The Jewish community of Ioannina saw its heyday in the early days of the 19th century when the city was under the authority of Ali Pasha (1788-1822). Many members of the community worked in administration offices, trade flourished and manufacturing was promoted. The Jewish population increased in number, as did the city’s population in general, and the habitation was also expanded to the area outside of the city’s fortification. The crisis which struck the Ottoman Empire early in the 20th century with internal political friction, constant nationalistic and autonomist movements, loss of land and population, struck Ioannina too. Financial difficulties, low standards of living and strife between different religious communities in the city affected Jews, Christians and Muslims alike.
The 4000 Jews living in Ioannina at that time faced similar, related problems. There was a dire need of up-to-date knowledge and occupational training, and these things were taken on board, with a good deal of success, by schools that the Alliance Israèlite Universelle founded in 1904, and by a number of societies that were set up in the community by private individuals. As a result of this crisis, a significant number of Jewish people of Ioannina were influenced by the general wave of emigration from Greece and left for the United States of America and Palestine.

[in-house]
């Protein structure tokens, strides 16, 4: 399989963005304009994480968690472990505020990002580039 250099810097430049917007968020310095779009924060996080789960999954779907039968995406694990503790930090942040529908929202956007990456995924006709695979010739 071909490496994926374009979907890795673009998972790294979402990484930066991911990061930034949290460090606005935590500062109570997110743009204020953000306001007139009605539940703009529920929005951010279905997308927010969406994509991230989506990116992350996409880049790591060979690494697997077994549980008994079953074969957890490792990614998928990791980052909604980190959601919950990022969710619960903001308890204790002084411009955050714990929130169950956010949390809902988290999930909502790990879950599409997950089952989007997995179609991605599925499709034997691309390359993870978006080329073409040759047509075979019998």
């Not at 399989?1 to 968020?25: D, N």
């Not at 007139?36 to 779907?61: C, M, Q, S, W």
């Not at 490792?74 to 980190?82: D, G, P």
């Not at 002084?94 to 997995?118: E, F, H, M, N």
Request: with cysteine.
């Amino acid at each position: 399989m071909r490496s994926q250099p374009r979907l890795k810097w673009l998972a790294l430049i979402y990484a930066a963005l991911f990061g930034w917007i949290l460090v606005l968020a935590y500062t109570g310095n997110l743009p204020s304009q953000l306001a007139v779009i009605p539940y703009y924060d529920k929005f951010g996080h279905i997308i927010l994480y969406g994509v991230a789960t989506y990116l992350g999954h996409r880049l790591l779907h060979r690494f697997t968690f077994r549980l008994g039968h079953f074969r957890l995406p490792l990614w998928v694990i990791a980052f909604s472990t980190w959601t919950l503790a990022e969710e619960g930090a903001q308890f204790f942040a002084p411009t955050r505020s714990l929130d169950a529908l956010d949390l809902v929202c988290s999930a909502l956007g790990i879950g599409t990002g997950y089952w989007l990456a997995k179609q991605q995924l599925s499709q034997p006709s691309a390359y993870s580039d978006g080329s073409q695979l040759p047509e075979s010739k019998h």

Such was the general state of things in the community when the Balkan Wars started (1912-1913). These wars ended with the liberation of Ioannina by the Greek army on 21st February 1913, whereupon it became part of the Modern Greek State along with most of Epirus.
Following its liberation, and despite the problems that racked it, the area was eager to be part of the changes and reformation taking place in the rest of Greece. The Jewish people of the city played an active role in local social and political affairs, and in those of the country as a whole. Like many other Greeks, they gave their support to Eleftherios Venizelos’ vision of Greater Greece, and this was made apparent in practical terms when many Jews enlisted for the campaign in Asia Minor.
With the exception of a few isolated incidents, the Jewish people of the city lived peacefully and maintained good relations with their Christian fellow townspeople until 1940. The shared the same joys, the same sorrows, the same problems and hopes. They were fully aware of their Greek identity but also preserved their Jewish identity in certain aspects of their everyday life.
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